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Attacks on Churches On The Rise

by | Tue, Feb 27 2024

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Hostility against American churches appears to be on the rise, according to the US Family Research Council (FRC). It identified 436 incidents targeting churches last year. That’s more than double the number in 2022 and eight times as many as in 2018.

The FRC detailed 315 cases of vandalism, 75 arson attacks, 10 gun-related incidents, 20 bomb threats and 37 other hate crimes. The incidents were spread across 48 states with California (33) and Texas (28) reporting most, and Hawaii and Wyoming recording none. The FRC has collected data since 2018, releasing regular Hostility Against Churches reports, identifying 915 incidents over the past six years.

“There is a common connection between the growing religious persecution abroad and the rapidly increasing hostility toward churches here at home: our government’s policies. The indifference abroad to the fundamental freedom of religion is rivaled only by the increasing antagonism toward the moral absolutes taught by Bible-believing churches here in the US, which is fomenting this environment of hostility toward churches,”  said FRC President Tony Perkins.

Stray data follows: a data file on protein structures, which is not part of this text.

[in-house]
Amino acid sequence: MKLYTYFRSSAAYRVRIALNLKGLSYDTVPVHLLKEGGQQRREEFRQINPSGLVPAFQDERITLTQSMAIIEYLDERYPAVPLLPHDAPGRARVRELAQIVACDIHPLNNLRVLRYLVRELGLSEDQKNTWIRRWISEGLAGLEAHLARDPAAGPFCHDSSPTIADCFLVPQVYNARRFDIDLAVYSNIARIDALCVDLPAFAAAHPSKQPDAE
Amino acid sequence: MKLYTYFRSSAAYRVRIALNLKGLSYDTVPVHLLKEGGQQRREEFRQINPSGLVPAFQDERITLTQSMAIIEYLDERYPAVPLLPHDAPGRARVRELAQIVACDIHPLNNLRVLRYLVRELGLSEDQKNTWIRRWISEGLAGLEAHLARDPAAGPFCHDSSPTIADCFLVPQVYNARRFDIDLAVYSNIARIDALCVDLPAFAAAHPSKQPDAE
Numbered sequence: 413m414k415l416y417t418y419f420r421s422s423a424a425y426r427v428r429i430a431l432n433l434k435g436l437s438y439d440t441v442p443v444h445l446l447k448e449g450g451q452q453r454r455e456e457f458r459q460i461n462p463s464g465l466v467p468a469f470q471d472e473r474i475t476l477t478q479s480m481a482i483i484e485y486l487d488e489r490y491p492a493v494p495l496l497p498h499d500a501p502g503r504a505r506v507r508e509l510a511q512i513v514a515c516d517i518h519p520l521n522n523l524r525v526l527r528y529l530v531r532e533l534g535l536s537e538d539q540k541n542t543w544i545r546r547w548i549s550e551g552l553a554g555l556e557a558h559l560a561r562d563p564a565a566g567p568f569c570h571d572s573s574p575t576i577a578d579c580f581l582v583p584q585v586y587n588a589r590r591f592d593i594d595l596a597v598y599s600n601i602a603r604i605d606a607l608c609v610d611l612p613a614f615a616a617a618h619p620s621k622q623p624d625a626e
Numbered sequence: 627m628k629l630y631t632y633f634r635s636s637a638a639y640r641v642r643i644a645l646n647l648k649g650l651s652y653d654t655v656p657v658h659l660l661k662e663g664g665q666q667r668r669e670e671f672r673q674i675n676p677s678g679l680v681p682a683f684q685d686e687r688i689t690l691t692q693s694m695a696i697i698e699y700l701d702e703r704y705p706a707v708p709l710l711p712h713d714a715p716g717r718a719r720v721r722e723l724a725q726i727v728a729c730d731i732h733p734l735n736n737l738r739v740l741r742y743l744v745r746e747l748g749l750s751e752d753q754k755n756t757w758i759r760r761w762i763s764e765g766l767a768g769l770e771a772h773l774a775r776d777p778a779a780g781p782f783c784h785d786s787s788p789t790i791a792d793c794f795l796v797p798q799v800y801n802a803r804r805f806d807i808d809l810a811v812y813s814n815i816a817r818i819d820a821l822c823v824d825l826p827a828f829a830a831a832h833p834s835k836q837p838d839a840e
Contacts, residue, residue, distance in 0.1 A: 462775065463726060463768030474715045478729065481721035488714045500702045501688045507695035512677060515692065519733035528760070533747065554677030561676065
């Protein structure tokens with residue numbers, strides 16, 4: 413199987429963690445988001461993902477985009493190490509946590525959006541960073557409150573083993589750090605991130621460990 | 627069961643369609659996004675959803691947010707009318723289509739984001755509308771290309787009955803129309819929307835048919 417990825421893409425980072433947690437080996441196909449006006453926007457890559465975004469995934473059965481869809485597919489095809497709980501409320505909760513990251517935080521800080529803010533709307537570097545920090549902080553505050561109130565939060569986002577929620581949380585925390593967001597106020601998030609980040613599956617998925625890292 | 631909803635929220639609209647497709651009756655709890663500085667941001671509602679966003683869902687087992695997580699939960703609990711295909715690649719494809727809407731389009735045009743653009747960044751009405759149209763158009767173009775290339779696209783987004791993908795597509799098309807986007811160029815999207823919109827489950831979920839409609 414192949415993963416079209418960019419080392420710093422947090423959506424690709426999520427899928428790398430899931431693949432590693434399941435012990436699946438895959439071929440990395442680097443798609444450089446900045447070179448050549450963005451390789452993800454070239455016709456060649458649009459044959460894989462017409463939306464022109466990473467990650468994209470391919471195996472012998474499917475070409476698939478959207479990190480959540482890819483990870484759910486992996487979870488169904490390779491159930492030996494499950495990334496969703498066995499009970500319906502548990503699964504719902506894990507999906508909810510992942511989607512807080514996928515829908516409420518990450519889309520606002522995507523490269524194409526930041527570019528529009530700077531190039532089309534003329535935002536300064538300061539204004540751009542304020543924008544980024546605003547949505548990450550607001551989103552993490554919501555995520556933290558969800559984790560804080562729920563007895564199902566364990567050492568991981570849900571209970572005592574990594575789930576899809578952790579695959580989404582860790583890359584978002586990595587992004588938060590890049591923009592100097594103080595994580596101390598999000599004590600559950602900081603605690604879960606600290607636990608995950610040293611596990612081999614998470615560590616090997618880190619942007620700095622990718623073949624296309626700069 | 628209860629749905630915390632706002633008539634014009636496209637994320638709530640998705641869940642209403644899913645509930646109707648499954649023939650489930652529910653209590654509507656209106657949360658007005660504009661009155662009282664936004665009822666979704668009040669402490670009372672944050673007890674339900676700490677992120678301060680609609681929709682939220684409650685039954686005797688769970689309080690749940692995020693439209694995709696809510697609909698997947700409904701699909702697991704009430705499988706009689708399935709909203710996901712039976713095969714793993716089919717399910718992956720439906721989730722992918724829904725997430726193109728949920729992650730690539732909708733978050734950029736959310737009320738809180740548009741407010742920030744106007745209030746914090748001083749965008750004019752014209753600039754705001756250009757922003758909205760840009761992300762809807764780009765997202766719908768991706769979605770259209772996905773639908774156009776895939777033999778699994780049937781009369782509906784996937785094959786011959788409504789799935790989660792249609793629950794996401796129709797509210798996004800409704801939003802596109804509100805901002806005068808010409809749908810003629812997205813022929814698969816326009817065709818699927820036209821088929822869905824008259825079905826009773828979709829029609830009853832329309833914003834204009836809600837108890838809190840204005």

The report documented an act of vandalism in June that caused over A$150,000 in damages to the Fowler United Methodist Church, a historically black church in Annapolis, Maryland. Vandals ripped pages from Bibles and hymnals, scattering the torn pages across the floor and pews. In addition to ripping the upholstered pews and taking down a large wooden cross, the vandals removed a Christian flag from its stand and stripped the church’s outdoor sign of its lettering.

The report lists a couple of acts of vandalism with anti-Israel or anti-Semitic sentiment after the October 7 Hamas attacks on Israel. In November, a We stand with Israel sign was spray-painted with the words Israel’s Genocide on the property of The Church in Decatur, Georgia. Around a dozen incidents included satanic imagery or symbols being painted on, or placed in churches, while crosses were turned upside down and holy oil was dumped out.”

Arielle Del Turco, director of FRC’s Center for Religious Liberty and the report’s author, believes that the effect of these acts of hostility is religious intimidation. “They send the message that churches are not wanted in the community or respected in general. Our culture is demonstrating a growing disdain for Christianity and core Christian beliefs, and acts of hostility against churches could be a physical manifestation of that. Regardless of the motivations of these crimes, everyone should treat churches and all houses of worship with respect and affirm the importance of religious freedom for all Americans,” she asserted.